Good gravy, has it been four days? My 200 readers must be fuming. No concrete reason for me to be here, really, other than apologizing for poor content as of late, those impulsive attacks on the idiots and assholes that raise my ire and transform my writing into child’s play. I know better than that.

 This weekend: Skipped town with Candace at the last minute. Hiking, fishing, and much work completed. More on this later – it will take a day or so for the pertinent post to surface (WORTH IT…..STICK AROUND!!!)

 David Dunlap Jr. would like credit for introducing me to Grandma’s Boy, and he can have it. “I like a movie that knows what it is.”

 Thursday night, I’ll be interviewing Jim Dandy Mangrum of Black Oak Arkansas re: the Rhino Handmade Reissue of 1973’s Raunch ‘N’ Roll, an album that was absorbed disc 1 to disc 2, point A to point Z, during the drive back to Memphis on the less-than-scenic HWY 51. Once completed and published, I will post a link to the interview (Memphis Flyer).

 Until I return, here’s Jeffrey Jensen ghost-writing record reviews as RTX/Royal Trux’s Jennifer Herrema. Amazingly, these may have surfaced in a book. Brilliant stuff.


1.      Glen Fry-Strange Weather   MCA 1993 Throughout my career much has been made of my association and usage of illegal drugs. This largely exaggerated reputation has preceded and effected the critical reaction to every single step of my musical development. It used to really bother me but now I’ve just learned to live with it. One thing that practically no one knows is that years after my rehabilitation I encountered a drug that had a vastly more profound effect on my approach of music. PCP. In 1998 I was rummaging through a box of cassettes in the glove compartment of my stepfather’s Pontiac Fiero. I found the Glen Fry record Strange Weather on a factory cassette and thought I’d put it on for a lark. When I opened up the J-card (to read the lyrics) all of this white powder spilled out. I thought it was coke. It wasn’t coke. Right as the dust kicked in, the tune Part of Me, Part of You was reaching its climax. Previously, I’d thought all of that nonsense about being able to “find god through rock” was just empty promises from dried up hippies. I immediately had an amazing series of hallucinations all involving Danny Devito, Rhea Pearlman and this talking caterpillar (no shit). Words cannot describe, but this odyssey was PERFECTLY choreographed to these recordings. It was god!! I just sat there listening to this tape over and over again in the front seat of the Fiero until I finally came down.  Say what you will about Disraeli Gears, but I consider this cassette the ultimate “Drug Record” and challenge anyone to prove me wrong.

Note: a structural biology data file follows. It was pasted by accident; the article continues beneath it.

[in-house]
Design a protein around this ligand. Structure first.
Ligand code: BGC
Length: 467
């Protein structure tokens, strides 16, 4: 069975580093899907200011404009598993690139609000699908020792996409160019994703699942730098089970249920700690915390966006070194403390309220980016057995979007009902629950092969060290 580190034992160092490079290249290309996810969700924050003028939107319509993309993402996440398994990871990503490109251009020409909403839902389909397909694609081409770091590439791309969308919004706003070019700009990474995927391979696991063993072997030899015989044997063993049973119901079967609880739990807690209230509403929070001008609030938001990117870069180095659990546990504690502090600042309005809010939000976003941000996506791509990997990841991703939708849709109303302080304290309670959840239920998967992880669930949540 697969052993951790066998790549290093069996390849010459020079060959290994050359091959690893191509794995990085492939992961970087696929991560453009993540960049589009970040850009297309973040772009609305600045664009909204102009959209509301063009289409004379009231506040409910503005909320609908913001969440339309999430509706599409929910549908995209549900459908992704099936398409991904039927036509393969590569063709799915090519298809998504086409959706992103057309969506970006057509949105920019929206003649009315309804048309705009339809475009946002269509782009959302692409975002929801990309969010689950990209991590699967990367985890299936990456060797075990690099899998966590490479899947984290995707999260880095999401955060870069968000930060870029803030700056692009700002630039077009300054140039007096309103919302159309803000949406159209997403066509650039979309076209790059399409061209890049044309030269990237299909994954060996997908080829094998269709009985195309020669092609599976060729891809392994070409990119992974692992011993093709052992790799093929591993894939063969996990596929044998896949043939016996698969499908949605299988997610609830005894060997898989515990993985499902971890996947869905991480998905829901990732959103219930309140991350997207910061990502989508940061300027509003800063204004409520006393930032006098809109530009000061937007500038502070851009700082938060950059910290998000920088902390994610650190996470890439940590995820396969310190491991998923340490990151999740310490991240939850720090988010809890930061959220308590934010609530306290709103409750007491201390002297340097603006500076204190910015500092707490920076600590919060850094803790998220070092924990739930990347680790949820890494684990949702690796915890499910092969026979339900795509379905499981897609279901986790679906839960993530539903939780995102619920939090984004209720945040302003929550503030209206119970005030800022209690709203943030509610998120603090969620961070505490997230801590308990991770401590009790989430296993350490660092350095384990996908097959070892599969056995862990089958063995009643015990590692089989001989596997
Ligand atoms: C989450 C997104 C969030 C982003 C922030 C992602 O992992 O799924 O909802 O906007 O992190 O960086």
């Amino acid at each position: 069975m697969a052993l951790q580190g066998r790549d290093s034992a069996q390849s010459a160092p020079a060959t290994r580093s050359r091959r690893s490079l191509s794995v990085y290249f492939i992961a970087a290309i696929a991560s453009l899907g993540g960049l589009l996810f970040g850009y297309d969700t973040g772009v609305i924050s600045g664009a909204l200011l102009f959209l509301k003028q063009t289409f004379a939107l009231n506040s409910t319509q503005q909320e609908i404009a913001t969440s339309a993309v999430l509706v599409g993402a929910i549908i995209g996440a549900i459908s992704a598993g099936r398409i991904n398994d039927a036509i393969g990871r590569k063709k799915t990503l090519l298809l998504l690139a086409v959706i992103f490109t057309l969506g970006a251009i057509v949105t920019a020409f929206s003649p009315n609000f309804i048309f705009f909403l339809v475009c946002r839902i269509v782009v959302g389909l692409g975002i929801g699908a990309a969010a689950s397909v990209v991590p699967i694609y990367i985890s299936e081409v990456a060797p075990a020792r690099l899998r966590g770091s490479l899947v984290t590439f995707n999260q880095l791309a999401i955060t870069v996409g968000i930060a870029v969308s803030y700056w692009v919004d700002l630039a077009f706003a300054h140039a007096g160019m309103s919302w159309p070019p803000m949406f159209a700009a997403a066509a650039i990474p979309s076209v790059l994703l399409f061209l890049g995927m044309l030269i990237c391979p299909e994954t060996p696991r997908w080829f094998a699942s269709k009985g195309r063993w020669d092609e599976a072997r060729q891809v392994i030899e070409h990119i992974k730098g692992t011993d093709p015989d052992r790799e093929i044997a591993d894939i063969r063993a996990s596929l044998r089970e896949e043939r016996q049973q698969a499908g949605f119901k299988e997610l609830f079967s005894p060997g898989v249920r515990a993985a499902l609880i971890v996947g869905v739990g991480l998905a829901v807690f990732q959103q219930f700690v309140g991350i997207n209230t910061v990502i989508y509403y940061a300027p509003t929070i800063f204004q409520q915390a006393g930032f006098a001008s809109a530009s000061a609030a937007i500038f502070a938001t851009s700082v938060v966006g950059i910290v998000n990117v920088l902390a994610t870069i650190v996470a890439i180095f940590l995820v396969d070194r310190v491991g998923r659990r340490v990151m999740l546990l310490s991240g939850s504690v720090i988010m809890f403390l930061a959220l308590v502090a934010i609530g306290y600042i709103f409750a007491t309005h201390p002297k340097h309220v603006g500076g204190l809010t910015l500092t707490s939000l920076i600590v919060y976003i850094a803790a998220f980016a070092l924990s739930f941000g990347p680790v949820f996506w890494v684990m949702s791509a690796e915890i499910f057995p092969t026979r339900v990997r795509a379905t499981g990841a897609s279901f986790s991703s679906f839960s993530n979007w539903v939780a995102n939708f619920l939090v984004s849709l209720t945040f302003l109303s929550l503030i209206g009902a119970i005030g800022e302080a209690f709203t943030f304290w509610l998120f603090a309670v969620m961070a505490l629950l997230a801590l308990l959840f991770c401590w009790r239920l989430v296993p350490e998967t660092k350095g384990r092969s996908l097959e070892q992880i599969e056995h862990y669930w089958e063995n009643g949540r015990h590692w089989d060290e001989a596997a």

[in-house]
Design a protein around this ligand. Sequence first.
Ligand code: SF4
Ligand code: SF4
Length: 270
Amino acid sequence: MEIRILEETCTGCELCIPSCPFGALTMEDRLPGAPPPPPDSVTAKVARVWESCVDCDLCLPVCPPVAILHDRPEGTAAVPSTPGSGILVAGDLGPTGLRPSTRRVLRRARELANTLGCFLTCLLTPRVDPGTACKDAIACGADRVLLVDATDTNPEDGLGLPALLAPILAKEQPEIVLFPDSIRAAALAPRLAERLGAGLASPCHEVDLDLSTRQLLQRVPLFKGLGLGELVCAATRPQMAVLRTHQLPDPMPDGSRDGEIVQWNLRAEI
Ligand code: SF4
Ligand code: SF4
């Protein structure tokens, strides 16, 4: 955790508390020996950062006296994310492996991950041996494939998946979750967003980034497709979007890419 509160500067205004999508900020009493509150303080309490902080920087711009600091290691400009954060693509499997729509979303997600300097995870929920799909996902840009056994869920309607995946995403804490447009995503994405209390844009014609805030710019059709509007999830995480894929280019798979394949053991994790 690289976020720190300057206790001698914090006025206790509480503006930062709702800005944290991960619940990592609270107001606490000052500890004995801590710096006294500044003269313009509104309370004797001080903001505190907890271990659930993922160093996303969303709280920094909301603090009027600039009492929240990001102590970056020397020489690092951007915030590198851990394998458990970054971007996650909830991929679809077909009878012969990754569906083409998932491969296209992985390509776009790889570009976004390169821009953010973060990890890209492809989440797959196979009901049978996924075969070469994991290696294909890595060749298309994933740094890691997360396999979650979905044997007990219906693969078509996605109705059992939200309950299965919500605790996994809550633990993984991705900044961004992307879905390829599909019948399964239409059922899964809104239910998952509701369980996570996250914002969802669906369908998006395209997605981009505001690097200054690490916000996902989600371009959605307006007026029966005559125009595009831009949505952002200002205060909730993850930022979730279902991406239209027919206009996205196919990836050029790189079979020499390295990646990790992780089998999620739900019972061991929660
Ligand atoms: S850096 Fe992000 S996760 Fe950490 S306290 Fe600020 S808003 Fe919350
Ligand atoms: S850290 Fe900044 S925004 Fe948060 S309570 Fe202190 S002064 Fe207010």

2.      Jerry Lewis-Just Sings   Decca 1957 A lot of people consider Bob Dylan to be the absolute being and most important voice of American music. Other critics bow to different totems (see Robert Christgau’s essay about James Brown, Fela, and Billy Ocean as the essential African triumvirate) For me; the only man that I can put equal to god (musically speaking) is Jerry Lewis.

3.      Jonny Lang- Brakin’ Me [Cassette Single] Interscope (2000) Blues is a weird genre for me. It’s so varied that I have a hard time figuring out what’s good. In the 90’s a lot of my contemporaries (Jon Spencer, Ian Sevonius etc…) were looking to older black men for inspiration in “finding the blues.” That route seemed so obvious to me. John Lee Hooker and Robert Johnson never spoke to me. It was all too old…too black. I looked elsewhere and found a strain of blues I consider far more soulful and pure: “NAMBLA Blues.” Picking between the giants of this genre (Kenny Wayne Shepherd, Jonny Lang, Chris Duarte, Ralph Macchio and J. Evan Bonifant-who portrayed Buster Blues in Blues Brothers 2000) is like picking between siblings. But I would nominate this blues cassette-single as a great place to start.